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Redundancy Redundancy

In some circumstances, there are times when a job becomes redundant. It might be because you are relocating, introducing a new technology, or your business has closed down. In these circumstances, you need to follow a fair redundancy procedure, with plenty of consultation and communication.

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Understanding Redundancy

A redundancy occurs where an employee’s job is no longer required for the business. In some circumstances, this is because a new technology fulfils the job obligations, the business is relocating or closing down, or the employee’s job may be divided up and then transferred to various other employees. The result is that the employee, who no longer has any work to do, may have their employment terminated.

A genuine redundancy should not occur because of an employee’s performance or conduct. Employers need to follow a fair procedure with plenty of consultation and communication.

Redundancy Payment

The National Employment Standards (NES) set out the minimum redundancy or severance payment for employees based on length of their employment (continuous service). The employee must have served at least one year of service, however, it is important to check for exceptions in the relevant Award or agreement.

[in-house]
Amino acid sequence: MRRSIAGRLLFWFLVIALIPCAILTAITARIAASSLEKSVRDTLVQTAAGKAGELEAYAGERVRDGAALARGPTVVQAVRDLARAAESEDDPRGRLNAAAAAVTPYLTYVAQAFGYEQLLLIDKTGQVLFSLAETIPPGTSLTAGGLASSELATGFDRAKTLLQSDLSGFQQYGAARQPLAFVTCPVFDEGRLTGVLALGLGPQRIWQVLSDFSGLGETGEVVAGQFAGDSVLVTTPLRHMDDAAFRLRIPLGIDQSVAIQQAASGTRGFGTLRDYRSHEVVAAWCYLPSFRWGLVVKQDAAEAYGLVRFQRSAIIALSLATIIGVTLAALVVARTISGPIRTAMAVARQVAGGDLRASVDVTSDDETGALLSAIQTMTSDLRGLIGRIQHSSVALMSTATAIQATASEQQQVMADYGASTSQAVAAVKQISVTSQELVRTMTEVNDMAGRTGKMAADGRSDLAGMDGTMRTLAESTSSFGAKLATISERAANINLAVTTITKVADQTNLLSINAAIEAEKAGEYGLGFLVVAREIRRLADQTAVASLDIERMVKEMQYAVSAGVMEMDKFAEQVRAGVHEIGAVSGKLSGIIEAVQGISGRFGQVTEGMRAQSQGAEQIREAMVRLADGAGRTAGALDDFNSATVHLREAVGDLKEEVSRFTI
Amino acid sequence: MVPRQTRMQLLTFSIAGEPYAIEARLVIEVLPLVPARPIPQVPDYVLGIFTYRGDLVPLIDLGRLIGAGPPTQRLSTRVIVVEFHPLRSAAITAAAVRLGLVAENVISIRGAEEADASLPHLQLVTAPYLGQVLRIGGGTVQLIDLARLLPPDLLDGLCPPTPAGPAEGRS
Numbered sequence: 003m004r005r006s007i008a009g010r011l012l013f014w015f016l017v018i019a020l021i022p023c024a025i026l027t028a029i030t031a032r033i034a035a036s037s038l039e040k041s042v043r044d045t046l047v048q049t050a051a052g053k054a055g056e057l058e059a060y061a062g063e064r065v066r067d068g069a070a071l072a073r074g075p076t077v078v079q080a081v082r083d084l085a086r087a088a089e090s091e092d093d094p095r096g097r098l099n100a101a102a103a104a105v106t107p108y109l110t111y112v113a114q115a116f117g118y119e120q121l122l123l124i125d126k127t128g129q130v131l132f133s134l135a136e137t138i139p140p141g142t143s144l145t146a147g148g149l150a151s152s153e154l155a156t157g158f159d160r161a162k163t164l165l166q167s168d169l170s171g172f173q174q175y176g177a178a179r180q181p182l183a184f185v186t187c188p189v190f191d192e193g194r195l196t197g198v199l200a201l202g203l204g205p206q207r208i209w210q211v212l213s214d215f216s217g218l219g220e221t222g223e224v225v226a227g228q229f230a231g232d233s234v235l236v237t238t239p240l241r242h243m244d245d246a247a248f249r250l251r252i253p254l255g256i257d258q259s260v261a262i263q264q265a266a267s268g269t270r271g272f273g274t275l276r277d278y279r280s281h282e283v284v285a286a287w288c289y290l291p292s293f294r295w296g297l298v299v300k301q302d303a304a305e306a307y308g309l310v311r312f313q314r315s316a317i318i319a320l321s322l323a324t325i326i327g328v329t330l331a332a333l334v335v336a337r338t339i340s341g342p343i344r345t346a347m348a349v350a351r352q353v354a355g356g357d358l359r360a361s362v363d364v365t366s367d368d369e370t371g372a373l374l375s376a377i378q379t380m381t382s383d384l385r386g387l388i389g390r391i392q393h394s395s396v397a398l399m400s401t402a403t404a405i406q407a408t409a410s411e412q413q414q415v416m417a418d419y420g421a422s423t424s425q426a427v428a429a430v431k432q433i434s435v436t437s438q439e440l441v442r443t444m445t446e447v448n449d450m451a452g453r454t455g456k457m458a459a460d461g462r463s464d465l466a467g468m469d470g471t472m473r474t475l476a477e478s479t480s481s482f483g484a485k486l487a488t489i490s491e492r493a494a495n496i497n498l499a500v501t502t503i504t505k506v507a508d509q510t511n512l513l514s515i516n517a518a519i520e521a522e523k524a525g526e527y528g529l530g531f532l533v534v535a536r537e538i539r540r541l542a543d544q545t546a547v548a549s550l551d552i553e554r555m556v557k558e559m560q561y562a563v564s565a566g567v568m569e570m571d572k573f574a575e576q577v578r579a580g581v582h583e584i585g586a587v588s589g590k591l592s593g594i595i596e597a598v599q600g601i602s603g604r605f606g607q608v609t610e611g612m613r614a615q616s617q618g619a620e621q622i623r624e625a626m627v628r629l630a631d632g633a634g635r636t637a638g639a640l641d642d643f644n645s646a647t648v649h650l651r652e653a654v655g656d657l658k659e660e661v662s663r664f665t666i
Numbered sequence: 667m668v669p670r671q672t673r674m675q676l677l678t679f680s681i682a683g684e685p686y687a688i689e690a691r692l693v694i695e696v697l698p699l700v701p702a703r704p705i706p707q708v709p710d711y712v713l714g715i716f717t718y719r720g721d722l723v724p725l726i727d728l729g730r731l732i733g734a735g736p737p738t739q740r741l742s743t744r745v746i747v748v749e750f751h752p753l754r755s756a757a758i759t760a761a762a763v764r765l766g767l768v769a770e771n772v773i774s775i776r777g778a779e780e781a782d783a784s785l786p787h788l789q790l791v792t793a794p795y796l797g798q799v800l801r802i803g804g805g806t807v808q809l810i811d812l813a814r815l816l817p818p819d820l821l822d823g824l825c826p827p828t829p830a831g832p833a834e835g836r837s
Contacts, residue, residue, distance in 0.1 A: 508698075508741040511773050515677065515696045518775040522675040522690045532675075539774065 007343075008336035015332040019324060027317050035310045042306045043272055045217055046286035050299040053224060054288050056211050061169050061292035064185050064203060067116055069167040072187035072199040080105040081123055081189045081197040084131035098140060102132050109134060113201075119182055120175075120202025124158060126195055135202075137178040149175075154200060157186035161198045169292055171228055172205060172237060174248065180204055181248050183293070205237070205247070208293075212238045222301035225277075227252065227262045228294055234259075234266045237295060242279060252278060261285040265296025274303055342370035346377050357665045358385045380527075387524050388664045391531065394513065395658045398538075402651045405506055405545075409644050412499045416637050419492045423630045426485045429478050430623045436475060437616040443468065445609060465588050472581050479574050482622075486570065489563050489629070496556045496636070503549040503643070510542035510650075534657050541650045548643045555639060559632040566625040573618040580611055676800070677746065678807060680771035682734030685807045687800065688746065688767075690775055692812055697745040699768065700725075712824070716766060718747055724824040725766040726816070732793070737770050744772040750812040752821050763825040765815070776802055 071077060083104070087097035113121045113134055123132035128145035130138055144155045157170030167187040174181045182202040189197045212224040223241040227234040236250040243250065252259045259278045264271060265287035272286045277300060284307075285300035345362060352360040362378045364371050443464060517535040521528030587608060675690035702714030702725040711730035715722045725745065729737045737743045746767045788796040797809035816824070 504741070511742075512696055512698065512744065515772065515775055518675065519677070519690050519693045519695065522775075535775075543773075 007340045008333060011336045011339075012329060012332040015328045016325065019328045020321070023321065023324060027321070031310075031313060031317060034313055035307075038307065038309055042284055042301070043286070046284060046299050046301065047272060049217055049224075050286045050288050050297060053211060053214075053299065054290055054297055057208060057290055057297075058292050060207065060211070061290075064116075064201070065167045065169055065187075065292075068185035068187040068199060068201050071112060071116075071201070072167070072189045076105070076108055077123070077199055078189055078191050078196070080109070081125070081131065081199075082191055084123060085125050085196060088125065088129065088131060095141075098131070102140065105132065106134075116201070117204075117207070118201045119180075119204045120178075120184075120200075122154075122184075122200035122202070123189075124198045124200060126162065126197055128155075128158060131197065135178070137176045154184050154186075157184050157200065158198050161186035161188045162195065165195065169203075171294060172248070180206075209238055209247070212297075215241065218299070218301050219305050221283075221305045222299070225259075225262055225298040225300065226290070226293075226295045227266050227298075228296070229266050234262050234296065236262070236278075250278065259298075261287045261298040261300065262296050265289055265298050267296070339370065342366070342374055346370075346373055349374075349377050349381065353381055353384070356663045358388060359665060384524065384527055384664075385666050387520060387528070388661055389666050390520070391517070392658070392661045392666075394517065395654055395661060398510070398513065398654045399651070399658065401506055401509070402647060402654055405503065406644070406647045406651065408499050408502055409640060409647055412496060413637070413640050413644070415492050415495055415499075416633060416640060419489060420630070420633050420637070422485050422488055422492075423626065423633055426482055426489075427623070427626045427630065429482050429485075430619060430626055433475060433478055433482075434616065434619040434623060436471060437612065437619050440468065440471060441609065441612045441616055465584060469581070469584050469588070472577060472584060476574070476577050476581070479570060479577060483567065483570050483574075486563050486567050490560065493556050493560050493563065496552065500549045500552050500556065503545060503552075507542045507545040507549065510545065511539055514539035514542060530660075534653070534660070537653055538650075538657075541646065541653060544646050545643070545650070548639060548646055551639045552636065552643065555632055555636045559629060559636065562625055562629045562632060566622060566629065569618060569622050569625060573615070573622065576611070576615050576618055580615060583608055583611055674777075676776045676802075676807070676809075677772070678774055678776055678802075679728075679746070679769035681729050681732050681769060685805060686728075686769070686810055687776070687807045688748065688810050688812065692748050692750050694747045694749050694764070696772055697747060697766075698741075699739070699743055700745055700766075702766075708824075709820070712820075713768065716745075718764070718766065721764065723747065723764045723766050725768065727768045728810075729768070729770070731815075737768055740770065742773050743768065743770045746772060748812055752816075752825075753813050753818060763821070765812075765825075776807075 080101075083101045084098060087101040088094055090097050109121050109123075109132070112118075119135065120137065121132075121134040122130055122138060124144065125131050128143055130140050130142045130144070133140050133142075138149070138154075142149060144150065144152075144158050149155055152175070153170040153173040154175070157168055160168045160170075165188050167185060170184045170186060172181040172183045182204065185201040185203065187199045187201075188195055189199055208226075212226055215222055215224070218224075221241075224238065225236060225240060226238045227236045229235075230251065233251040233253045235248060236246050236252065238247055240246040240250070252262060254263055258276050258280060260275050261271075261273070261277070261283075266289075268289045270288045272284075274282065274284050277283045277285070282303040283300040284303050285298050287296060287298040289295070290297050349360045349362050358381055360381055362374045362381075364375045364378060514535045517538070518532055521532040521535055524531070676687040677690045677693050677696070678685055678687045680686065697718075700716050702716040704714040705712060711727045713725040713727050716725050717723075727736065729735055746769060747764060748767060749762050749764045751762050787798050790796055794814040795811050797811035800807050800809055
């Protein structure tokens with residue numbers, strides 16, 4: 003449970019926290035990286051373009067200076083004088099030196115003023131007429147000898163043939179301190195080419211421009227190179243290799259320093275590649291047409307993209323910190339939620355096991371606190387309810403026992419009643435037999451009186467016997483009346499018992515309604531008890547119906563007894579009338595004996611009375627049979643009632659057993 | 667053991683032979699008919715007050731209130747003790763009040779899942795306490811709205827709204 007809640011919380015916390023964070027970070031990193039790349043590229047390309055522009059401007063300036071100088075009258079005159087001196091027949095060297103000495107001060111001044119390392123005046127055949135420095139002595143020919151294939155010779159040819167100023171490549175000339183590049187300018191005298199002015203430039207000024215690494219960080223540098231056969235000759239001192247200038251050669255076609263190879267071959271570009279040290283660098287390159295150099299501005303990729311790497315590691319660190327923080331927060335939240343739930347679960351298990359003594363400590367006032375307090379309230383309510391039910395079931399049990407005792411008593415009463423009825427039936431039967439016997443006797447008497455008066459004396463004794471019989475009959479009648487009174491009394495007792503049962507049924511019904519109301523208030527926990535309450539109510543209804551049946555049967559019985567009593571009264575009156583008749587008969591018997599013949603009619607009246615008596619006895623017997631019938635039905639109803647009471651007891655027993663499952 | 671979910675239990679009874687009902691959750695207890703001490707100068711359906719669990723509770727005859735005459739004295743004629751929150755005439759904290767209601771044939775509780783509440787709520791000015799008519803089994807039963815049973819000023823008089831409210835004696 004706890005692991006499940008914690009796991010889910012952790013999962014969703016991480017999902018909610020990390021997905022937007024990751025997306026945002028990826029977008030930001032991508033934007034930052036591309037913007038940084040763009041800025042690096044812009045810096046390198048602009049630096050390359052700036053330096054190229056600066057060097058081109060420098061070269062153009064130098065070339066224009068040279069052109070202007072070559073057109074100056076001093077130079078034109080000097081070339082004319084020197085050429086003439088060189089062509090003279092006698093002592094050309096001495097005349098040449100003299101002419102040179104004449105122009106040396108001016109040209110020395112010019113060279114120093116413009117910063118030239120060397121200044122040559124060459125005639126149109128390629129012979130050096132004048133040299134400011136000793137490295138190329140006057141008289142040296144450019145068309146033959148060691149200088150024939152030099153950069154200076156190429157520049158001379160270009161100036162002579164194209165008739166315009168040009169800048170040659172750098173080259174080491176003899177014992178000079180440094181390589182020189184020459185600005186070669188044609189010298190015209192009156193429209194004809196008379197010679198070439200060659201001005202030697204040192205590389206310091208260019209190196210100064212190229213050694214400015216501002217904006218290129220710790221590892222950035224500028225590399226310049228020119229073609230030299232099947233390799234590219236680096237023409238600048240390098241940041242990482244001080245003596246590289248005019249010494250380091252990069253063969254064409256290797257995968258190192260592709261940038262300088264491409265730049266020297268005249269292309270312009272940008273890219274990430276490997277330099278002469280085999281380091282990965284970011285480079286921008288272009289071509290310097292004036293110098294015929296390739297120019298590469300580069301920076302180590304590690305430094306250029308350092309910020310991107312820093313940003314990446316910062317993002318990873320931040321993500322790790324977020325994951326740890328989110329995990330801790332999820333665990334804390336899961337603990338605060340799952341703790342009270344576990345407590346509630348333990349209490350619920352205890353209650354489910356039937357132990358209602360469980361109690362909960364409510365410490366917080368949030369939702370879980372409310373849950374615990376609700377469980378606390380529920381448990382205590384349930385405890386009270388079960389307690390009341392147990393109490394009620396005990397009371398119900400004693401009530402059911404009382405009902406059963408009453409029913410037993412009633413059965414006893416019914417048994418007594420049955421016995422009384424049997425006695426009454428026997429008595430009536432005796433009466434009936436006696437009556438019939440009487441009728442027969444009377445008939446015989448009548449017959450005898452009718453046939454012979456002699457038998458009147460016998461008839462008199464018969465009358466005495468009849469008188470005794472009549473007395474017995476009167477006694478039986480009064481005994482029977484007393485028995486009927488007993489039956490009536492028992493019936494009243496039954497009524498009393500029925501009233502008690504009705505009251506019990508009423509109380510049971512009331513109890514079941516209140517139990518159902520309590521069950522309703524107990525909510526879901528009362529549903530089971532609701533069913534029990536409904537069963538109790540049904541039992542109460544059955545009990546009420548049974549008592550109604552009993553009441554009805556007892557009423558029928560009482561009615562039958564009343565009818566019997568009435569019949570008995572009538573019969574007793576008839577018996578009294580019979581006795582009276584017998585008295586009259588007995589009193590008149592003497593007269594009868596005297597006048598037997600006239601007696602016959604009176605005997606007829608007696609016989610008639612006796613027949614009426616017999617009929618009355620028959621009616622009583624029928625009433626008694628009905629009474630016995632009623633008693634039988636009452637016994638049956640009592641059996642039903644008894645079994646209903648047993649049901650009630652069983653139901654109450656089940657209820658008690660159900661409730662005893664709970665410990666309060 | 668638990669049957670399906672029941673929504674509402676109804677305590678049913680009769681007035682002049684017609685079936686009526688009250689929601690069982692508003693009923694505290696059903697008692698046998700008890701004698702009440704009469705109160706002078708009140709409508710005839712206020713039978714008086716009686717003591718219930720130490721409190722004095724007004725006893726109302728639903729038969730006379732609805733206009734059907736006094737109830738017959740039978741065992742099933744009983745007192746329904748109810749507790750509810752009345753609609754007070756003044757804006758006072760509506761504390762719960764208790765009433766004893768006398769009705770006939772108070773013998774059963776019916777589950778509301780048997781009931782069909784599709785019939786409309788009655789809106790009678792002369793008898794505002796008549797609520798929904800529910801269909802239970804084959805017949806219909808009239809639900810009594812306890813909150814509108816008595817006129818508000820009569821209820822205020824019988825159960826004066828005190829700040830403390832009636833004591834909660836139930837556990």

The payment is calculated in accordance with the Fair Work Act 2009. The employee’s base rate of pay for ordinary hours of work are to be paid in accordance with the period of employment as detailed below.

Period of employment. Weeks of pay.
At least one year but under two years Four
At least two years but under three years Six
At least three years but under four years Seven
At least four years but under five years Eight
At least five years but under six years 10
At least six years but under seven years 11
At least seven years but under eight years 13
At least eight years but under nine years 14
At least nine years but under 10 years 16
At least 10 years 12                      

If an employee was employed before the NES began on 1 January 2010, their period of service starts from that date.


Redundancy Notice.

When ending employment because of redundancy, you must provide adequate notice or make payment in lieu, included in their full redundancy payment.

The minimum notice period in the NES is based on how many years your employee has worked for you (continuous service).

Period of employment. Minimum notice period.
Less than one year One week
One – three years Two weeks
Three – five years Three weeks
Over five years Four weeks

If an agreement or contract stipulates a longer notice period, then that one applies. If you give notice to an employee over 45 years old, who has worked at least two years, they are entitled to an extra week’s notice.

Who does not receive redundancy pay?

Some employees do not qualify for redundancy payment. They include:

  • employees whose period of continuous service with the employer is less than 12 months
  • employees terminated because of serious misconduct
  • employees employed for a stated period of time or project
  • trainees engaged only for the length of the training agreement
  • a particular season
  • casual employees
  • apprentices

Small businesses with less than 15 employees may also be exempt, however, it is best to seek professional advice. Employsure can advise and assist with correct redundancy payments in accordance with Fair Work legislation in Australia.

For more information, visit the redundancy complaints guide.

For peace of mind, please call our 24-hour Advice Line now on 1300 651 415